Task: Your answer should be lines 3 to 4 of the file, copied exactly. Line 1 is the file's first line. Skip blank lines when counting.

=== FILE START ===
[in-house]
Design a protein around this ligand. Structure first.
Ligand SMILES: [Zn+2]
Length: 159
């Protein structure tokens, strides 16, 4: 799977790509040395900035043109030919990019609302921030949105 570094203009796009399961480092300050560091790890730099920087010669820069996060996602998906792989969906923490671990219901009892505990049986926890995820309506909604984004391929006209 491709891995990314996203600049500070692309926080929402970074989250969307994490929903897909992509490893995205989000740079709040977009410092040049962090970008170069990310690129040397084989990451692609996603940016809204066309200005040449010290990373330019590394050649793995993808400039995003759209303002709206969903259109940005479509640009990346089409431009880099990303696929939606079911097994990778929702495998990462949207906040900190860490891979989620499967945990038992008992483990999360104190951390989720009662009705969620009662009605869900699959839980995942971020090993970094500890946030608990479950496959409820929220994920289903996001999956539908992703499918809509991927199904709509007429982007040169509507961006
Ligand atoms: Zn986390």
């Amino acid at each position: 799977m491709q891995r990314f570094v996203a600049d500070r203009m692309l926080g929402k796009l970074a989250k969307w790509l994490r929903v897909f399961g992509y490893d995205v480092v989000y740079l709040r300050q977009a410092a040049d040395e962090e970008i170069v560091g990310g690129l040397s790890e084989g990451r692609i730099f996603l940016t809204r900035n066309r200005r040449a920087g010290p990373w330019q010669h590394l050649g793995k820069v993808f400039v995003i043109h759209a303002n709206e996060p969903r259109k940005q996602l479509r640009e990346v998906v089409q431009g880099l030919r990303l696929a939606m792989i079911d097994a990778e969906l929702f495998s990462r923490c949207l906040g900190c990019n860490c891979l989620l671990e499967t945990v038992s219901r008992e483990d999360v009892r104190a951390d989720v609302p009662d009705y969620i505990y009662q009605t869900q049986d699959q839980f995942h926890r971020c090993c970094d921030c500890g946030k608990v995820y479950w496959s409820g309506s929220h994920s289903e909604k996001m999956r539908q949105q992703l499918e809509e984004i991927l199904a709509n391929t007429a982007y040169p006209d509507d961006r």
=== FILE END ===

Ligand SMILES: [Zn+2]
Length: 159